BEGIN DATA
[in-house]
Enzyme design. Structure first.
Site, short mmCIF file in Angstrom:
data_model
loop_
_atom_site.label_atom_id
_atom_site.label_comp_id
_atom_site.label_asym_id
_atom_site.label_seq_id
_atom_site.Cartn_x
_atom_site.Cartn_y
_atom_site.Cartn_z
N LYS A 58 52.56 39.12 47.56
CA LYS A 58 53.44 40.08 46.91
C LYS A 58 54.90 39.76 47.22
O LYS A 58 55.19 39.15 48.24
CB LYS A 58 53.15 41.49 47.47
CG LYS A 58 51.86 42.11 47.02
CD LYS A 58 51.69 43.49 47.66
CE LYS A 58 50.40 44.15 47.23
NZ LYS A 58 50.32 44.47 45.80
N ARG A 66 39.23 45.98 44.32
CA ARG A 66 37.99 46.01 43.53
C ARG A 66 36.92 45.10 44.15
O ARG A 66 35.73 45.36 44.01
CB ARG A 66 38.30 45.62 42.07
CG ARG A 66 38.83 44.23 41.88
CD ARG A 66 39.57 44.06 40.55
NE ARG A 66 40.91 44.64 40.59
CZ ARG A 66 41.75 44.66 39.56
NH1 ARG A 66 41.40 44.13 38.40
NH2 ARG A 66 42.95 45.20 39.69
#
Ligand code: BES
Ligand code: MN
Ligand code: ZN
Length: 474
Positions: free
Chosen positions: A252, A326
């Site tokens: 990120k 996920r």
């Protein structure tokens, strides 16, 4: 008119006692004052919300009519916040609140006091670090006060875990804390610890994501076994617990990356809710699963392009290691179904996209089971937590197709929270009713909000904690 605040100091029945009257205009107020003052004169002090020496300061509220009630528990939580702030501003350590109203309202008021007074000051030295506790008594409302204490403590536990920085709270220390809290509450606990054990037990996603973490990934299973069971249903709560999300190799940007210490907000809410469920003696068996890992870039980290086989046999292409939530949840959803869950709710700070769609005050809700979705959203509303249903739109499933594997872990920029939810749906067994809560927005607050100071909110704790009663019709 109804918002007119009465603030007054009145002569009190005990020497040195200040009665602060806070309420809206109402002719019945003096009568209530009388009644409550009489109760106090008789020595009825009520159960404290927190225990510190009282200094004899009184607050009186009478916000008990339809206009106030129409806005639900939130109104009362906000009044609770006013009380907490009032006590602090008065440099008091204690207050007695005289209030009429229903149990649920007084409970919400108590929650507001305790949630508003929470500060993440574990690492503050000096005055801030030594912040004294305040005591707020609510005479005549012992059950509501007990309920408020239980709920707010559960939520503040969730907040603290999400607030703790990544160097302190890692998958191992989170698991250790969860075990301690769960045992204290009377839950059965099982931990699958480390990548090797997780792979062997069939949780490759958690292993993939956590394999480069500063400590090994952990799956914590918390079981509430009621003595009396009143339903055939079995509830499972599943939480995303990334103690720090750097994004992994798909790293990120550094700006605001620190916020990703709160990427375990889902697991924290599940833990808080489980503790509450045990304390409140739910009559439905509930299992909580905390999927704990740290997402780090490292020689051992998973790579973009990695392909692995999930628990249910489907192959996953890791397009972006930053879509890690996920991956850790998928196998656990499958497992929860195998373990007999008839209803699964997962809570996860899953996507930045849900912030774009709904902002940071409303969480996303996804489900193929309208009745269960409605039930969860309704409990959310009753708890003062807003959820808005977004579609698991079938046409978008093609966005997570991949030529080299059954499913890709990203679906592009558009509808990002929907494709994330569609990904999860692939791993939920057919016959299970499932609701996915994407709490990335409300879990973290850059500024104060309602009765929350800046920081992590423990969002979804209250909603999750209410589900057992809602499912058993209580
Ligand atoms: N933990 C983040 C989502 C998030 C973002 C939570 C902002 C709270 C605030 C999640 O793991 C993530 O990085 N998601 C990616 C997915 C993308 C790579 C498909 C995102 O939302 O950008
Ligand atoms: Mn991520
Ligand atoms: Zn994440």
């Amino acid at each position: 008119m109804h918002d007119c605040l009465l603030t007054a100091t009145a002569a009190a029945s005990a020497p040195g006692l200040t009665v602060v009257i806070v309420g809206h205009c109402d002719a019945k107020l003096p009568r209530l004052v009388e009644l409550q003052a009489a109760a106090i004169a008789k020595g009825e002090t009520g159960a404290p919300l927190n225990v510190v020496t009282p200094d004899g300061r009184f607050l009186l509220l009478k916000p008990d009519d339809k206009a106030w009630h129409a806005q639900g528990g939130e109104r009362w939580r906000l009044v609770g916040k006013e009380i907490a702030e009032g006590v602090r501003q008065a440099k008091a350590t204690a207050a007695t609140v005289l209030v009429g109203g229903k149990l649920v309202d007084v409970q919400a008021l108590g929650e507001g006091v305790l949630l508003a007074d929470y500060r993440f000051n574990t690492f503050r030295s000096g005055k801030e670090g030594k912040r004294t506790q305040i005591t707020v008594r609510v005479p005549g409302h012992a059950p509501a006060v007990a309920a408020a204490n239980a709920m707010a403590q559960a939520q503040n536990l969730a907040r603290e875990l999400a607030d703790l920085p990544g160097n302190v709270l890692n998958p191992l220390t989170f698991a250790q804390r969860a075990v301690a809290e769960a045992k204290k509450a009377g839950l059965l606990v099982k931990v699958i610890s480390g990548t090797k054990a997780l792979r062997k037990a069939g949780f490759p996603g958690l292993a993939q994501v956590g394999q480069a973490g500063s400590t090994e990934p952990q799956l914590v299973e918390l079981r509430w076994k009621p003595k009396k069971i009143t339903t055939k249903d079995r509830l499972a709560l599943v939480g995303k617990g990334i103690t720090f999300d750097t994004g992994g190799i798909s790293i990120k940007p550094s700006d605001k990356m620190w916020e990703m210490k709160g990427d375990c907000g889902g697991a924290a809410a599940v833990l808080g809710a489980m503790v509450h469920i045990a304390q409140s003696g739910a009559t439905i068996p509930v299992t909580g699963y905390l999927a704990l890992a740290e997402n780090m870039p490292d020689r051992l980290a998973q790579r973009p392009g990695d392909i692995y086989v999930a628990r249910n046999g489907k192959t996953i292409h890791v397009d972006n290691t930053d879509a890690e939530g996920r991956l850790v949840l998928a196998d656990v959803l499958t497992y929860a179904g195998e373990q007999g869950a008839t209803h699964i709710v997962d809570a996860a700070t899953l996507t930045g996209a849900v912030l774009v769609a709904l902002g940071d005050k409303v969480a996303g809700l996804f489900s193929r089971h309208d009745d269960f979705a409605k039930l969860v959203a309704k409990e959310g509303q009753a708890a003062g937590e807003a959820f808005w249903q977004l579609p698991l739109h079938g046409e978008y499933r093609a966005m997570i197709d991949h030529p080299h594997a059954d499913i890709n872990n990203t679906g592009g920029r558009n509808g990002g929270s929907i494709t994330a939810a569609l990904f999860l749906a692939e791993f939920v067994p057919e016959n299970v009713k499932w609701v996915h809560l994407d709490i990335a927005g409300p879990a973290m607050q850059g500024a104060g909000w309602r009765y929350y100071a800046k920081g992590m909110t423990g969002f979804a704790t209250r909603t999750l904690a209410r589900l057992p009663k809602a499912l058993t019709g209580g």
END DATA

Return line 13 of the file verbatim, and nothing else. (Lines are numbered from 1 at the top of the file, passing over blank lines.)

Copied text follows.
N LYS A 58 52.56 39.12 47.56